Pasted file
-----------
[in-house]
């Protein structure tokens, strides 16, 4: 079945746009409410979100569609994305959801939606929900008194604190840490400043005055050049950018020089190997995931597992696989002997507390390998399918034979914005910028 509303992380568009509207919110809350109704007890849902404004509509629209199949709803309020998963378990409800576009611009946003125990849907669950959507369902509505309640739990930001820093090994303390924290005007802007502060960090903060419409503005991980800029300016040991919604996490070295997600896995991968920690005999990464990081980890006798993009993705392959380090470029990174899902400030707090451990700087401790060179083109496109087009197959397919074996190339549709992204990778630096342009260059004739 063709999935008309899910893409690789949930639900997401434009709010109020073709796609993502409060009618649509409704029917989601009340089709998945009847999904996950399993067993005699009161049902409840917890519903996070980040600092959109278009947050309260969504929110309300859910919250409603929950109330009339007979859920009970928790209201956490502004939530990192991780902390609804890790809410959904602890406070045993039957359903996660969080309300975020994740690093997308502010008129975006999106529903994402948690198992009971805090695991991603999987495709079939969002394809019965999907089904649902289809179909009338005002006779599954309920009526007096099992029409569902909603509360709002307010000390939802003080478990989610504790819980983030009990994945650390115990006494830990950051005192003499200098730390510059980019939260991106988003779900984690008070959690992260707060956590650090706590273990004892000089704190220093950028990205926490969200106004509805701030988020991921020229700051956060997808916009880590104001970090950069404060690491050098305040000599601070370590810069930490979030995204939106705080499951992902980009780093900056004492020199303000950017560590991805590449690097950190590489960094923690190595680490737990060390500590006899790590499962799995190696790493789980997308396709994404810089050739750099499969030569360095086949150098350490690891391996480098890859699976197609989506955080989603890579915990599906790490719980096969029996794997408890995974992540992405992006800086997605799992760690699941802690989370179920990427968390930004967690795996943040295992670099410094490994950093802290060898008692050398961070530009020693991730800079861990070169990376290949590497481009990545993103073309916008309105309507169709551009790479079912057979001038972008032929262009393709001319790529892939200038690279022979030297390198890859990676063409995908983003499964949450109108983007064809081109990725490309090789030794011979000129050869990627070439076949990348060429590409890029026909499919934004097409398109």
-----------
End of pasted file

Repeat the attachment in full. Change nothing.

[in-house]
């Protein structure tokens, strides 16, 4: 079945746009409410979100569609994305959801939606929900008194604190840490400043005055050049950018020089190997995931597992696989002997507390390998399918034979914005910028 509303992380568009509207919110809350109704007890849902404004509509629209199949709803309020998963378990409800576009611009946003125990849907669950959507369902509505309640739990930001820093090994303390924290005007802007502060960090903060419409503005991980800029300016040991919604996490070295997600896995991968920690005999990464990081980890006798993009993705392959380090470029990174899902400030707090451990700087401790060179083109496109087009197959397919074996190339549709992204990778630096342009260059004739 063709999935008309899910893409690789949930639900997401434009709010109020073709796609993502409060009618649509409704029917989601009340089709998945009847999904996950399993067993005699009161049902409840917890519903996070980040600092959109278009947050309260969504929110309300859910919250409603929950109330009339007979859920009970928790209201956490502004939530990192991780902390609804890790809410959904602890406070045993039957359903996660969080309300975020994740690093997308502010008129975006999106529903994402948690198992009971805090695991991603999987495709079939969002394809019965999907089904649902289809179909009338005002006779599954309920009526007096099992029409569902909603509360709002307010000390939802003080478990989610504790819980983030009990994945650390115990006494830990950051005192003499200098730390510059980019939260991106988003779900984690008070959690992260707060956590650090706590273990004892000089704190220093950028990205926490969200106004509805701030988020991921020229700051956060997808916009880590104001970090950069404060690491050098305040000599601070370590810069930490979030995204939106705080499951992902980009780093900056004492020199303000950017560590991805590449690097950190590489960094923690190595680490737990060390500590006899790590499962799995190696790493789980997308396709994404810089050739750099499969030569360095086949150098350490690891391996480098890859699976197609989506955080989603890579915990599906790490719980096969029996794997408890995974992540992405992006800086997605799992760690699941802690989370179920990427968390930004967690795996943040295992670099410094490994950093802290060898008692050398961070530009020693991730800079861990070169990376290949590497481009990545993103073309916008309105309507169709551009790479079912057979001038972008032929262009393709001319790529892939200038690279022979030297390198890859990676063409995908983003499964949450109108983007064809081109990725490309090789030794011979000129050869990627070439076949990348060429590409890029026909499919934004097409398109």